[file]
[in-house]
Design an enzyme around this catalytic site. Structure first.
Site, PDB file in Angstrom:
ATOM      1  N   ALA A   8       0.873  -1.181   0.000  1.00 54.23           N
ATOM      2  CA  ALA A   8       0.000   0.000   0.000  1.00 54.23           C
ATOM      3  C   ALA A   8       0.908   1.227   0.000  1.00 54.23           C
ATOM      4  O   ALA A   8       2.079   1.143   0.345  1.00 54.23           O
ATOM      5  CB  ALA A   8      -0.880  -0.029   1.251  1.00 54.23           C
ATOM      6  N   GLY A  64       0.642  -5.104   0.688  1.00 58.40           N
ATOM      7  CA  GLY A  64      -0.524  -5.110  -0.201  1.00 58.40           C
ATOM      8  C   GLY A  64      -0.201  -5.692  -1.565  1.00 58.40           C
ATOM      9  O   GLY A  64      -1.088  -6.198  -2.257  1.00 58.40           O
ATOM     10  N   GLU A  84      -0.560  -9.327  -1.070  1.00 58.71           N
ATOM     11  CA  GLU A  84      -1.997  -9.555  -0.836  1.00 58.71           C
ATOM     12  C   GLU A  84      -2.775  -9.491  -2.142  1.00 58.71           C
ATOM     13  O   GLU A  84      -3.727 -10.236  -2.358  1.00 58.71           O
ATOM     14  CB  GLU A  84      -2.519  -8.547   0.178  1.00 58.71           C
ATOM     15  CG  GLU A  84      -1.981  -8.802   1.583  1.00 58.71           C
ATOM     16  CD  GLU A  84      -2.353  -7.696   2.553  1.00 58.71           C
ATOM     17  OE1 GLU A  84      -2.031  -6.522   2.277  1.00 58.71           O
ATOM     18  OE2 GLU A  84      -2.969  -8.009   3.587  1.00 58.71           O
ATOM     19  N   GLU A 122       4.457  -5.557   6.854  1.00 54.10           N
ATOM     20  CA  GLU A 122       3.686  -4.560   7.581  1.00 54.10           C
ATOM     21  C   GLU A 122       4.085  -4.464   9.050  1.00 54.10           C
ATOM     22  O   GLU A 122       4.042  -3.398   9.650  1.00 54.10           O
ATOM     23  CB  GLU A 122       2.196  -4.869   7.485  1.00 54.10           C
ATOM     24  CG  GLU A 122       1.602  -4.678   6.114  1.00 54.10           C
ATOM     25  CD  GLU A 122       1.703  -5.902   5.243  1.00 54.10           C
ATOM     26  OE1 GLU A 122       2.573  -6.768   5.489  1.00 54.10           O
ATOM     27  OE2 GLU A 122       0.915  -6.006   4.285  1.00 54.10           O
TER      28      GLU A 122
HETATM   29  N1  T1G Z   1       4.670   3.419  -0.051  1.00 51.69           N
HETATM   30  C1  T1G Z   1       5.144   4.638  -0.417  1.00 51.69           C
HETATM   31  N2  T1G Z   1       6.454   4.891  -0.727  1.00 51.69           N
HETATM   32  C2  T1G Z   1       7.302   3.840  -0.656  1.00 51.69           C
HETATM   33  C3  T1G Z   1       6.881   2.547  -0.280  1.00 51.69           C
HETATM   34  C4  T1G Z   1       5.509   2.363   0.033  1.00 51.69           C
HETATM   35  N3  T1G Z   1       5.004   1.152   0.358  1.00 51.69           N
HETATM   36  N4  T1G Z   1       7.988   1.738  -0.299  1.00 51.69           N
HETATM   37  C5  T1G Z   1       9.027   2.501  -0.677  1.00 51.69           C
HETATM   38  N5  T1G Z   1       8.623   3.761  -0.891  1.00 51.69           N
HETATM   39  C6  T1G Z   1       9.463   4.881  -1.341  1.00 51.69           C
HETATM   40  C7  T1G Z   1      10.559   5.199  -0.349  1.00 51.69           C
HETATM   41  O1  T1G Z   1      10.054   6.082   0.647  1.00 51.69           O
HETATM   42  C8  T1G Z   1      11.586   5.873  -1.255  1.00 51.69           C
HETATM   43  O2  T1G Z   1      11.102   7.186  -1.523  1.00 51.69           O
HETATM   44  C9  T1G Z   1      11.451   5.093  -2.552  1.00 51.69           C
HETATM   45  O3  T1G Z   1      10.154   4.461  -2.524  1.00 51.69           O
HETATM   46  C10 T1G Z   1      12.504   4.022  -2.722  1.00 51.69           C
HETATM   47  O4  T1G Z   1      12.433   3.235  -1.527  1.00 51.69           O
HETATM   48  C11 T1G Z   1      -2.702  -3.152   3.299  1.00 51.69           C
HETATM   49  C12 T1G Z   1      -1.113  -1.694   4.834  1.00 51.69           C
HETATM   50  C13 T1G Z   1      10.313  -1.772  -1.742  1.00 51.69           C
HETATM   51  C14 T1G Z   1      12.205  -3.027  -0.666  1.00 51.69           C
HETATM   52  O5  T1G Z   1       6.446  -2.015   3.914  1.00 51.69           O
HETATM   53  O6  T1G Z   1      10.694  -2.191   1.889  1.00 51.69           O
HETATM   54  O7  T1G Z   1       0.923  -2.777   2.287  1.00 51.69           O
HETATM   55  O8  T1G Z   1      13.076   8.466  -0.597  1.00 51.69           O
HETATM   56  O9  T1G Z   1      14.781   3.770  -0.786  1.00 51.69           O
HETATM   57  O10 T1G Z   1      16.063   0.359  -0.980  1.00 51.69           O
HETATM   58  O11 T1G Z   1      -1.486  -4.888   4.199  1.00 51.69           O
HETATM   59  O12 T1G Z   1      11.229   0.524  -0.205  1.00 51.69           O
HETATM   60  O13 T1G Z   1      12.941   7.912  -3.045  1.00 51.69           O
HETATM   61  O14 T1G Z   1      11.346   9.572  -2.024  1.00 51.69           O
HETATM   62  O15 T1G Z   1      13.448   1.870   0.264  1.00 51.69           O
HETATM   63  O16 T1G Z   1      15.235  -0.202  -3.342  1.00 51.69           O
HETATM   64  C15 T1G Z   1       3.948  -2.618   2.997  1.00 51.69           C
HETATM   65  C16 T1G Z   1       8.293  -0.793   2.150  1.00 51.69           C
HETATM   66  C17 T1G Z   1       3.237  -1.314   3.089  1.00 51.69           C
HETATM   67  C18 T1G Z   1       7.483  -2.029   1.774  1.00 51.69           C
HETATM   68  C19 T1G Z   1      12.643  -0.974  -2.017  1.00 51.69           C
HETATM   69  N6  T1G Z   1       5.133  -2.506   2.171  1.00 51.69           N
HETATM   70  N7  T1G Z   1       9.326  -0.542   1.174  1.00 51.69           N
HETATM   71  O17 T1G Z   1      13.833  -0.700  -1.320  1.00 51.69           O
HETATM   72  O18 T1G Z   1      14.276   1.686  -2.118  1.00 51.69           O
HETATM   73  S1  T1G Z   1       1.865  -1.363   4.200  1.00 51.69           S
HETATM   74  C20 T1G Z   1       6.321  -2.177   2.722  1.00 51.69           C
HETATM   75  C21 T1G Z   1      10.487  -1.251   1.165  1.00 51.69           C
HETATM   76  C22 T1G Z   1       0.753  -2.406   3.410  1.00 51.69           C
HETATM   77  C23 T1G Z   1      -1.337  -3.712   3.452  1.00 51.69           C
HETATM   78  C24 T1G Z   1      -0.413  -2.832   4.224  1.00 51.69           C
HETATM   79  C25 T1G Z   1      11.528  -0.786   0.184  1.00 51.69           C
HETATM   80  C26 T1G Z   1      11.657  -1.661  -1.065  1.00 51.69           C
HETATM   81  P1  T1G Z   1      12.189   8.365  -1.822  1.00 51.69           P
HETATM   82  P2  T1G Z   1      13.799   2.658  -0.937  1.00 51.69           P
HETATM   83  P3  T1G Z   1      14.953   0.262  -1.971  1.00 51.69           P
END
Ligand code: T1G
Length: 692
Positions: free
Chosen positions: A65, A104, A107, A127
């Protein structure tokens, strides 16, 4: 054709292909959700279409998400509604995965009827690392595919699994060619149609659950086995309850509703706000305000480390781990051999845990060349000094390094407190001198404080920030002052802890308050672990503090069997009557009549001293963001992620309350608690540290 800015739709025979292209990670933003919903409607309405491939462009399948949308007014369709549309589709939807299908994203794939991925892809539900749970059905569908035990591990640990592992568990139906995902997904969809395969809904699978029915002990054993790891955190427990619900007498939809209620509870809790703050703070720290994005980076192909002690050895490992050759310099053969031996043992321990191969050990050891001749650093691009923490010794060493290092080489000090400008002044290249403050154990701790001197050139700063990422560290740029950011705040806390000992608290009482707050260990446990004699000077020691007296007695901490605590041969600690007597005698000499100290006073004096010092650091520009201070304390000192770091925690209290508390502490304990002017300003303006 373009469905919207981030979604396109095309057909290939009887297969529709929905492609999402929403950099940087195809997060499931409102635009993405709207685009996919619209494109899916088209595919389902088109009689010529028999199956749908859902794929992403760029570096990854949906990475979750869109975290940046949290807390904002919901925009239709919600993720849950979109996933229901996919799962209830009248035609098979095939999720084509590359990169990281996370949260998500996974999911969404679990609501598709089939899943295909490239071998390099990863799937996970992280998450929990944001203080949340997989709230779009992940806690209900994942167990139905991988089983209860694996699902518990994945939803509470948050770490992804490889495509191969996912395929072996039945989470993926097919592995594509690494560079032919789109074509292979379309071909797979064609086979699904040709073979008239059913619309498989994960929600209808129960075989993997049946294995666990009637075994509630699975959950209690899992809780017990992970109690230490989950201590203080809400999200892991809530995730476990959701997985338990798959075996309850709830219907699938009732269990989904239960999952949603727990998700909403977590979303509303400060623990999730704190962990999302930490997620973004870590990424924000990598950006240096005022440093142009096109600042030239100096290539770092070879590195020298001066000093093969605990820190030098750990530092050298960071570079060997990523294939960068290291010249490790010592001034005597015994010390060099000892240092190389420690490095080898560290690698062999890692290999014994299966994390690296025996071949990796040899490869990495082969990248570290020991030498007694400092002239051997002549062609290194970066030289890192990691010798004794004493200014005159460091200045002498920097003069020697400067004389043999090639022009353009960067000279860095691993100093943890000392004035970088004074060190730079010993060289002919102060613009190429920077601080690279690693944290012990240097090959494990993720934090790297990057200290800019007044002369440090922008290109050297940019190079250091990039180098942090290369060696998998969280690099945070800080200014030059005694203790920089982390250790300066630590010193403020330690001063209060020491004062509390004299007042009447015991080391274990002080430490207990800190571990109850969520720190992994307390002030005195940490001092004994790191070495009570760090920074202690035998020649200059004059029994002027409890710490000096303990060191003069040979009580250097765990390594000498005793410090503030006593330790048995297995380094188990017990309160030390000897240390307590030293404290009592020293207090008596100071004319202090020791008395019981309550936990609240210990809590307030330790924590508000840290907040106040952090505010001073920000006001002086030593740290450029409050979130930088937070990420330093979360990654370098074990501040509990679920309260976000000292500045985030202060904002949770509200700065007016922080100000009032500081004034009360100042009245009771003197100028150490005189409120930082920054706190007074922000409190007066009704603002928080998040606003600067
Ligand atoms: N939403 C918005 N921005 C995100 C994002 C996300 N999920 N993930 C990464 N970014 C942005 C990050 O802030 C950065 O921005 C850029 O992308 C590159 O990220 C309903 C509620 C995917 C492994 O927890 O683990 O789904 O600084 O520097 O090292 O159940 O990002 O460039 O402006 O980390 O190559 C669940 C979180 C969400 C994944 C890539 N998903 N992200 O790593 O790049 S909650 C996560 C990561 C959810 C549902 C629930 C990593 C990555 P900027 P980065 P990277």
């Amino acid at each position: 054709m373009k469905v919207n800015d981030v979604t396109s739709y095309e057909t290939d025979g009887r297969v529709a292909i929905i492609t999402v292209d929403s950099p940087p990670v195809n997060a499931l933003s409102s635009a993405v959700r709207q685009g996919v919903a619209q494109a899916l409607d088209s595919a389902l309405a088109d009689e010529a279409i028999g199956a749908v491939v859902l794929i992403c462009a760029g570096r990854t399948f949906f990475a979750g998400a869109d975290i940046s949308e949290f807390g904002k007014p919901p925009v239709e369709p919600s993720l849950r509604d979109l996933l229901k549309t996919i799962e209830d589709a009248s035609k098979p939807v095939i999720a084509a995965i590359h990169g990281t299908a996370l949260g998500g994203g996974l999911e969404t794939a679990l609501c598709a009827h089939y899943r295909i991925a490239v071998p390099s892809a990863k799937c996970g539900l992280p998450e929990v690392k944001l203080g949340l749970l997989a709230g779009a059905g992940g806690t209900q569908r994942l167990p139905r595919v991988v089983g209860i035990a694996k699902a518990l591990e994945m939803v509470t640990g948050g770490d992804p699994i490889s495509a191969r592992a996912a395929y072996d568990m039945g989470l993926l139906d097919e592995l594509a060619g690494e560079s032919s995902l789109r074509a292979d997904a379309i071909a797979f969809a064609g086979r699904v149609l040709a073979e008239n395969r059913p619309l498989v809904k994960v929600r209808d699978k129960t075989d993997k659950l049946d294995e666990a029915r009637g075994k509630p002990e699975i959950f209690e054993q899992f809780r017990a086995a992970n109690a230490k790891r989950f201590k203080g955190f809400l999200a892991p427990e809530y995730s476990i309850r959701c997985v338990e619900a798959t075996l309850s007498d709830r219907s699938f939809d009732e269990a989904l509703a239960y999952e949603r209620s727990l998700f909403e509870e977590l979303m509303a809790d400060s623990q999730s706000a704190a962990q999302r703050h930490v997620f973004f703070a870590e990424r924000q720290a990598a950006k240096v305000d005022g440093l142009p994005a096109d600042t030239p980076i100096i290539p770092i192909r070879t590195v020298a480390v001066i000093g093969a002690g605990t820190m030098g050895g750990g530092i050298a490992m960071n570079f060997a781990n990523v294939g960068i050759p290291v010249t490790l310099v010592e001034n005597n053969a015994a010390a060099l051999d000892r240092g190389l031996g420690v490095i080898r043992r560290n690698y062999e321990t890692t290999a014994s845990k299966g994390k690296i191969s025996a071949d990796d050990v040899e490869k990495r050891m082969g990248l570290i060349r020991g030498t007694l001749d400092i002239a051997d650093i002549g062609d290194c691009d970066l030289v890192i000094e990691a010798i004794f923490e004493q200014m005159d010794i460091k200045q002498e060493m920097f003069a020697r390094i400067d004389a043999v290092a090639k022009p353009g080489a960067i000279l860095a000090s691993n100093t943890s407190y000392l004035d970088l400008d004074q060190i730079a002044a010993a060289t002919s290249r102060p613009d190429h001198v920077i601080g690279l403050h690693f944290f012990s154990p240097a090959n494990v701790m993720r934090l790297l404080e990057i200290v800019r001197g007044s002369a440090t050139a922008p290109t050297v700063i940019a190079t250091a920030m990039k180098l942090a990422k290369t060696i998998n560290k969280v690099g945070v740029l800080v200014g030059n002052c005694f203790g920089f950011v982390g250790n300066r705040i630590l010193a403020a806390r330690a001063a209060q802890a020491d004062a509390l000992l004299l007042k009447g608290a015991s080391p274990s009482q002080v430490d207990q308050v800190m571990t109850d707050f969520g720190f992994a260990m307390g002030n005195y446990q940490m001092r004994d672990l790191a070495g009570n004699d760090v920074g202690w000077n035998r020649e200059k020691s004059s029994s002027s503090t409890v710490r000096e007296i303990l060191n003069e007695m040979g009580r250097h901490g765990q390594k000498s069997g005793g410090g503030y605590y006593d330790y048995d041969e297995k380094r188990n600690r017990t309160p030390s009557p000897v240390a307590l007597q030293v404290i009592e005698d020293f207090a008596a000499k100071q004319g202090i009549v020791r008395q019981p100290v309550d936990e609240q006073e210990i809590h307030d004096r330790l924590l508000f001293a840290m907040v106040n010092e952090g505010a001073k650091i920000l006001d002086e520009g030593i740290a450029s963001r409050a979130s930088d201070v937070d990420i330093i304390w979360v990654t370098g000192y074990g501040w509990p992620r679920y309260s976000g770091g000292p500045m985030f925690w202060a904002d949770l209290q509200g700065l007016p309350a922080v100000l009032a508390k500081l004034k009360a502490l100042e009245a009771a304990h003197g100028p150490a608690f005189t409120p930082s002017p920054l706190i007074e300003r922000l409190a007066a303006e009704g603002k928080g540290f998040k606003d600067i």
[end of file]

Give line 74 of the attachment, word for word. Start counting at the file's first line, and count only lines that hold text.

HETATM   71  O17 T1G Z   1      13.833  -0.700  -1.320  1.00 51.69           O